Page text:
Do not confuse practicality with being boring, the two needn't ever be on in the same, if you shop for pieces that you love and which work well for your lifestyle. Think about the kinds of garments you wear most often, the colours you love best, what sort of climate you live in, if you travel often, if time consuming types of laundering or dry cleaning are going to be an issue for you, and if you plan to work towards a wardrobe that's all (or almost all) vintage/repro/vintage appropriate.
Once you've accessed your current wardrobe, thought about the types of garments need need (and which - and this is an important point - are becoming on you), and have a firm grasp on what decade (or decades) of vintage fashion you want to sport, you're ready to start shopping.
Show me the money!
First of all, let's take a moment to stop and determine what your current budget is. Most of us have at least a moderately fixed amount of income that pour in each month. It may be variable, but unless you've recently experienced some major life changes (job loss, new job, gone from a two income family to a single income one, inherited a sizable amount of money, etc), chances are you can at least ballpark how much you earn and what percentage of that money you'd like to put towards your wardrobe in a given month (or year, depending on your personal shopping habits).
This number is not set in stone for the rest of time. In all likelihood, it will fluctuate over the course of time, but whether it's $25, $100, $250, $500 or more per month, believe me when I say, knowing what you have to work with, instead of spending on the fly and hoping your purchase doesn't put you in the red, is such an important element of responsible money management, as well as long term wardrobe planning.
By thinking ahead to the amount of funds that you have not only in a given month, but for a season, half a year, or even a full year, you can better decide how you want to spend throughout the coming months. If you know that this is the year you're going to invest in a new vintage winter coat, it might be a good idea to put aside some or even all of your monthly clothing allowance for a while, until you've saved up the amount you need to make your purchase wisely, without having to rely on credit.
I'm not going to sit here and say I've never spent beyond my means in a given month, I have, but the older I get, the more I try very, very hard not to do so. I loath debt and love it when I can spend within my means and not have to stress about credit card bills, overdrafts, or if the money I spent on clothes should have gone towards something more urgent.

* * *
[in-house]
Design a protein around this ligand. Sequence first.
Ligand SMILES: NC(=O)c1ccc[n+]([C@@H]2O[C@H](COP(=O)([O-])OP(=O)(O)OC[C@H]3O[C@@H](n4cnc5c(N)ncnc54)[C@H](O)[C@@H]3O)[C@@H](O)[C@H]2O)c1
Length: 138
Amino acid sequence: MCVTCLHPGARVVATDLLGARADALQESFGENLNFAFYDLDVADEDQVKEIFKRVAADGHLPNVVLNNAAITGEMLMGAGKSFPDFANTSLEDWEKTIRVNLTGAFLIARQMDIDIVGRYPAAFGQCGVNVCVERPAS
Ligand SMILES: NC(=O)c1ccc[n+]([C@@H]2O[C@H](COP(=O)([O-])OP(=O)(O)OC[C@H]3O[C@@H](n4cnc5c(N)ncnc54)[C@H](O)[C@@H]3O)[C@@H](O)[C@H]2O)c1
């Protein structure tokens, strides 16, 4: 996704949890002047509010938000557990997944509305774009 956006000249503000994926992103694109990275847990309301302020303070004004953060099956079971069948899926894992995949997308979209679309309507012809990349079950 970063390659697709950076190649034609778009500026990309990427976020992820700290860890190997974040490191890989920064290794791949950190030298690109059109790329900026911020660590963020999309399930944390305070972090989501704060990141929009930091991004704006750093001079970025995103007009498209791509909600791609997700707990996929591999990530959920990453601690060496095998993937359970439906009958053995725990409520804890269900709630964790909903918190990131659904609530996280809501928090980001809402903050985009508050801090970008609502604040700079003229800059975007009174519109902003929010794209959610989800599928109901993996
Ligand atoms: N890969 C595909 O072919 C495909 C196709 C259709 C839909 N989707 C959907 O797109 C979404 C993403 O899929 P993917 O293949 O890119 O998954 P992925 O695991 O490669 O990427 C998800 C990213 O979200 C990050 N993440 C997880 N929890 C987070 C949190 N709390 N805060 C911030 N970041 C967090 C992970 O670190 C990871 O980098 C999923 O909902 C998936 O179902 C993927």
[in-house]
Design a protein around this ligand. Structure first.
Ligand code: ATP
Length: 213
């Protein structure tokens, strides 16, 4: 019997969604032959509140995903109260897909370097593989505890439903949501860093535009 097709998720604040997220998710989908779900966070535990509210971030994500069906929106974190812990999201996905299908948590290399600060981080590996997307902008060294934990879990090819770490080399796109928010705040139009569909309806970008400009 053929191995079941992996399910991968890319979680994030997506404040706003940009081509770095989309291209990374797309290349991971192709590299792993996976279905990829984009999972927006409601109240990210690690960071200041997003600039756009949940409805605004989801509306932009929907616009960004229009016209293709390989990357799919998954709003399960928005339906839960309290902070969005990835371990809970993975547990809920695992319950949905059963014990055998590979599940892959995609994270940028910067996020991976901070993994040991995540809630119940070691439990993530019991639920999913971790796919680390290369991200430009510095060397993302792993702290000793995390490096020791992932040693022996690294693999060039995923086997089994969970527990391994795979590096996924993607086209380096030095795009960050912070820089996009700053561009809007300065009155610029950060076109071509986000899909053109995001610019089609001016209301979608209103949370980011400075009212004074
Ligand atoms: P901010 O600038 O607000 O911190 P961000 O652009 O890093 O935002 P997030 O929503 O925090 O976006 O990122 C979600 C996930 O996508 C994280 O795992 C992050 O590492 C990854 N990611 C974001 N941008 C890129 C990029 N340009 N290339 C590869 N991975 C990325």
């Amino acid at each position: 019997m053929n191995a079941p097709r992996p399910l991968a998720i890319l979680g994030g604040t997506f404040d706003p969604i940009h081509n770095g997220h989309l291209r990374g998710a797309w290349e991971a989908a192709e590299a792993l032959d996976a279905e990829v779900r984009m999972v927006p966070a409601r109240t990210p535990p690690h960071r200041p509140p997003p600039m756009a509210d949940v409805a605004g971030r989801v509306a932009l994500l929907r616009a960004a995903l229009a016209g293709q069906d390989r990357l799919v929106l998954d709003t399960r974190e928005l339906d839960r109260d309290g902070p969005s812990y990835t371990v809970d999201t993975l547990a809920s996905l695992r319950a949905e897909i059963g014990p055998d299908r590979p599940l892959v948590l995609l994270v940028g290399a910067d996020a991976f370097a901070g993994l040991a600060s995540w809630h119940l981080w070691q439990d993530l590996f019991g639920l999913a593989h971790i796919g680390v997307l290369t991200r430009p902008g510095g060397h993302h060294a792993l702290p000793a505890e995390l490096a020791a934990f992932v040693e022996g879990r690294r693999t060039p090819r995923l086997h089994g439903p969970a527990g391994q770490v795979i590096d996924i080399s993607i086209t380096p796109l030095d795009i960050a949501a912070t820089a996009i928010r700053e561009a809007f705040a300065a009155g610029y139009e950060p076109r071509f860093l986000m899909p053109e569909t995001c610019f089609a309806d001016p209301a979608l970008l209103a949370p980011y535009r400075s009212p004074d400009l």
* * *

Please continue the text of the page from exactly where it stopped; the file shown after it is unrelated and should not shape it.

There may be times when spending beyond your monthly means makes sense, such as for an investment piece that you truly need, but try to only do so if you know for certain that you'll have the funds in your budget to pay off the item quickly in the coming weeks or months. Buying a $300 coat on your credit card today because it was on sale, may not end up being such a great deal in the long run if you incur $100, $200 or more in interest over time on it, because you bought it on credit.
When it comes to clothes shopping, as with all elements of life as an adult, you need to be your own accountant and banker. Ultimately, only you know what the right amount of money to set as your budget each month is, within the scope of what you and your family (if applicable) can comfortably afford. Do no sacrifice long term financial goals just to have a big wardrobe, it's not worth it for one red second, no matter how much you love fashion.
Once you have your budget in place, don't be afraid to look for ways to supplement it, if you feel it's on the particularly modest side. This could be selling/consigning some of your existing clothing, launching an etsy shop of any type that applies to your interest and talents, holding an annual yard sale, doing odd jobs on the side, dog walking, or any other (legal, of course!) way that you can think of generate a bit more income, if so desired.
There is no right or wrong budget for vintage clothing. Believe me, goodness, believe me when I say that I fully understand how, at times, it can seem like some of those in our circle are on almost non-stop shopping spree, whereas you're struggling to come up with $25 a month to spend on your wardrobe. It's easy to become disheartened with you're in the spot, but I encourage you to live for yourself and within your means.